Hindustan Times, May 7, 2017
The article raises concerns about the methodology used in the Swachh Survekshan survey to rank cities on cleanliness.
There seems to be a lack of understanding about the ranking system used by the survey. The writer compares the ranking of cities in the 2017 survey with that of the 2016 survey. That is a fallacy, since the number of cities covered in 2017 was 434 while only 73 cities featured in 2016. It also assumes that data submitted by municipalities may have been accepted without proper verification.
- Purpose of Swachh Survekshan was to foster healthy competition among cities for improving cleanliness standards
- Cities which made more of an effort to improve sanitation standards in the year in question scored higher than others
- 434 cities featured in the 2017 survey while only 73 were covered by the 2016 survey
- Some cities slipped in ranking primarily because the sample size was much bigger in the 2017 survey
- 45% weightage given to self-declaration by municipalities
- After data was collected from municipalities, it was verified by a two-step process:
Step 1: Independent Validation: Municipal data was matched against citizens’ responses to a questionnaire
Step 2: Observation: To validate the data provided by municipalities, surveyors recorded observations and findings along with photographs. To ensure authenticity, location, time and date were tagged to all pictures
- This independent validation and observation had a weightage of 25 per cent
- Citizen feedback had 30% weightage
- Citizen feedback cannot be questioned, since 1,000 samples were taken regardless of the population of a city to preclude any unfair advantage to big cities
- The survey was democratised through the Swachhta App; scores were given based on the data on App downloads, number of complaints received, resolved and rejected by municipalities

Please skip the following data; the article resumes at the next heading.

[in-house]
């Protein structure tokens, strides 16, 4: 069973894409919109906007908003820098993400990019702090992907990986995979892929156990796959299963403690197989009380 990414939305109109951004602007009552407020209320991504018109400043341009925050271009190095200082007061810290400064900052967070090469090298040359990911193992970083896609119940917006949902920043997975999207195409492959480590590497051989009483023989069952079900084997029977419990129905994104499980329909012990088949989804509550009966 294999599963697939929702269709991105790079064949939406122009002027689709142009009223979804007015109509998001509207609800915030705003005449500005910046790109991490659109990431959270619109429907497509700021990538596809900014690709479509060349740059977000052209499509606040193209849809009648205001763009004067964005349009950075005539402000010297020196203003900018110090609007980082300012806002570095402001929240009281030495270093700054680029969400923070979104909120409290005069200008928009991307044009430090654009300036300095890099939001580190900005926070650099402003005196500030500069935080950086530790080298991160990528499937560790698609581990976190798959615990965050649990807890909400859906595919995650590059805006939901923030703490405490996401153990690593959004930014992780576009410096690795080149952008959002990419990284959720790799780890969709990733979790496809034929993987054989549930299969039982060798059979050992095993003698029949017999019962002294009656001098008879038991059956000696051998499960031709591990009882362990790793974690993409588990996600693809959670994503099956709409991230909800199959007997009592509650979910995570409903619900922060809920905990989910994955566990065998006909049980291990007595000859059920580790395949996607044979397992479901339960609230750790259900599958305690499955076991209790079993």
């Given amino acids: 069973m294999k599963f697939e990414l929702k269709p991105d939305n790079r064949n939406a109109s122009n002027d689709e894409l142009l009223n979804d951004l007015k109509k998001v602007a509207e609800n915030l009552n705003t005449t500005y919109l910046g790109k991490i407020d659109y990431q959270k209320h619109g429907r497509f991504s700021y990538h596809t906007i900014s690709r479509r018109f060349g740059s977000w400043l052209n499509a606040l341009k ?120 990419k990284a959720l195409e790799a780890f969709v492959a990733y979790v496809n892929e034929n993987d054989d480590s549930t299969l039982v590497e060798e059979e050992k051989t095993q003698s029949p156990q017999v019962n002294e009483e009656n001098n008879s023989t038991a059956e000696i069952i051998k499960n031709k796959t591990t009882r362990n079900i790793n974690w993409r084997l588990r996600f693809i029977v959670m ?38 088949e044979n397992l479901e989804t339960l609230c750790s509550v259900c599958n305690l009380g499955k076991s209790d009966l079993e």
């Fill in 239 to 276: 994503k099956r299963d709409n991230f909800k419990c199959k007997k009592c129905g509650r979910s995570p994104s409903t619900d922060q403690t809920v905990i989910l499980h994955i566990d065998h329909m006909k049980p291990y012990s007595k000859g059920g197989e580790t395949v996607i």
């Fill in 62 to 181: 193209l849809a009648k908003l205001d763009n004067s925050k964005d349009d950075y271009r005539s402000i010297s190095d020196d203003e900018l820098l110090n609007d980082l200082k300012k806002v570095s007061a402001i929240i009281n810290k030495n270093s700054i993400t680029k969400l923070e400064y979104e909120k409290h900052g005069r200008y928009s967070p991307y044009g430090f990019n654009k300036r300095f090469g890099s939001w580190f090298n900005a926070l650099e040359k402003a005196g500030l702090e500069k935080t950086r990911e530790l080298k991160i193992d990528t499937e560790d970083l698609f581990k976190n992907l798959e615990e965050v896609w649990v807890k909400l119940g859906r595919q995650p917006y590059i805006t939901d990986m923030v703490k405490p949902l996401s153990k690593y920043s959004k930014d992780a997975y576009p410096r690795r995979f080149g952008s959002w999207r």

- By this parameter, a city with more proactive citizens scored higher
- Civic bodies that promoted the App aggressively and made efforts towards citizen engagement managed to get an edge
A look at the above facts appears to belie the article’s concerns about the methodology and ranking system used by the Swachh Survekshan survey. At each step, the survey used a process to check the authenticity of the data gathered from the preceding phase. The reasons why a city may have done better or worse than the 2016 survey are also tend to adhere to the logic of the methodology. How a city performed depended on the initiative of its citizens and municipality.
- Aim was competition among cities for improving cleanliness
- 34 cities featured in 2017 survey, only 73 in 2016
- Sample size much bigger in 2017
- Larger sample size contributed to some cities slipping
- Data collected directly from stakeholders
- Data from municipalities verified by a two-step process
- Standard 1,000 samples for citizen feedback to minimise big-city advantage
- Scored on Swachhta App downloads, complaints received, resolved & rejected
- Cities with more proactive citizens scored higher
- Technology utilised to minimise subjectivity
Unlike the usual methodologies employed by surveys, Swachh Survekshan 2017 collected data directly from many of the stakeholders. Besides, technology was optimally utilised to minimise the problem of subjectivity. Before judging the credibility or lack thereof of the survey, the above facts should be taken into account.